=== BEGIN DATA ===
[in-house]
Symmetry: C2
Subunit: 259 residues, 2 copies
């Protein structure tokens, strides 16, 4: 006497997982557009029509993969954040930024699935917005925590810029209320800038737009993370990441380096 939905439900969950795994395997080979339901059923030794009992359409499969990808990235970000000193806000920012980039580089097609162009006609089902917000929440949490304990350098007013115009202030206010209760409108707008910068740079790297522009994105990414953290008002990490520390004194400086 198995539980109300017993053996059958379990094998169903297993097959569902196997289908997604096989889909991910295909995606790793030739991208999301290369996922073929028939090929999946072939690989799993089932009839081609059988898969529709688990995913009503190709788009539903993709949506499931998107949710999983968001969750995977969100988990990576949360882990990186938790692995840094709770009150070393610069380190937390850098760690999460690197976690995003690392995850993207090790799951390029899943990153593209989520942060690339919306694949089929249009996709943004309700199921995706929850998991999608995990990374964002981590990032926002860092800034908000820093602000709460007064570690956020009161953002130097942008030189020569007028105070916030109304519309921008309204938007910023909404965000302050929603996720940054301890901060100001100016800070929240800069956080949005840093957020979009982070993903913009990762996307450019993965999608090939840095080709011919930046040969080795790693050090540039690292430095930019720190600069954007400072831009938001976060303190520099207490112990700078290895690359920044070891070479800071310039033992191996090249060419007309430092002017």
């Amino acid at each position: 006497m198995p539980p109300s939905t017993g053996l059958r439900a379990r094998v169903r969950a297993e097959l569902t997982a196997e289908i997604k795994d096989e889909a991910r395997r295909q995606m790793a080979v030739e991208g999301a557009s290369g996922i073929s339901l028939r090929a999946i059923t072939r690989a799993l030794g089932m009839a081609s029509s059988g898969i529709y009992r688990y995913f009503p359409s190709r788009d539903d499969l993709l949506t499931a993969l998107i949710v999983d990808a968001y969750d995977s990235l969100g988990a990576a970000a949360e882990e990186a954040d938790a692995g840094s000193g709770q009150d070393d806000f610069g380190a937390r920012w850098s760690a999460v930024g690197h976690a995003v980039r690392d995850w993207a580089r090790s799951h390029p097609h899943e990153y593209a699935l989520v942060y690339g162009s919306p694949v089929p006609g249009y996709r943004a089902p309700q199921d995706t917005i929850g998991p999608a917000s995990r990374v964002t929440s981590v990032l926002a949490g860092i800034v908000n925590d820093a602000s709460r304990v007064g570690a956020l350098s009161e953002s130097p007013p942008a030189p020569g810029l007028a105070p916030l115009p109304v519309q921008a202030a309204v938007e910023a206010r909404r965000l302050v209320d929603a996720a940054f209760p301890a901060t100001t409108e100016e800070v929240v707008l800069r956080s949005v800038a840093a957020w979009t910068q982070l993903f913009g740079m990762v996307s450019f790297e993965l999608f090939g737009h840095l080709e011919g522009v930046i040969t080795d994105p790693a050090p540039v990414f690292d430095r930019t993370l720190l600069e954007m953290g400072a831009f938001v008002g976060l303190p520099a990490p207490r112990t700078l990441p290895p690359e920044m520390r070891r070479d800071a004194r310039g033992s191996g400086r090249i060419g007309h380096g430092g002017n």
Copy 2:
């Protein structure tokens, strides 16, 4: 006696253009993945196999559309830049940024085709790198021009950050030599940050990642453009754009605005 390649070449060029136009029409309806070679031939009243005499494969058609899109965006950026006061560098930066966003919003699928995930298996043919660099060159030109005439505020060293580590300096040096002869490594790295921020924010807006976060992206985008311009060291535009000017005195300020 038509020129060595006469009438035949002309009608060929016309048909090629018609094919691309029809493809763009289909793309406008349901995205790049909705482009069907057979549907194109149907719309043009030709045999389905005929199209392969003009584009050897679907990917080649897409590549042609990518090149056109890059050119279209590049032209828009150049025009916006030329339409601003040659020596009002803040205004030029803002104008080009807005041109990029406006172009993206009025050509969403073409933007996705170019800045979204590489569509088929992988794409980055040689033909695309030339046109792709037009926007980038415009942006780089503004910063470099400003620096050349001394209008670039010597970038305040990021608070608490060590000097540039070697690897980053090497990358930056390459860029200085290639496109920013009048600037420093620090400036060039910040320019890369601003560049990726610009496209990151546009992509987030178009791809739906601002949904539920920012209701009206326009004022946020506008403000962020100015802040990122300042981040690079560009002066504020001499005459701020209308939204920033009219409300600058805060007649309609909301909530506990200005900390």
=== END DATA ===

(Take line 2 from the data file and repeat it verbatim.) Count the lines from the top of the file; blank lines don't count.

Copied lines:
Symmetry: C2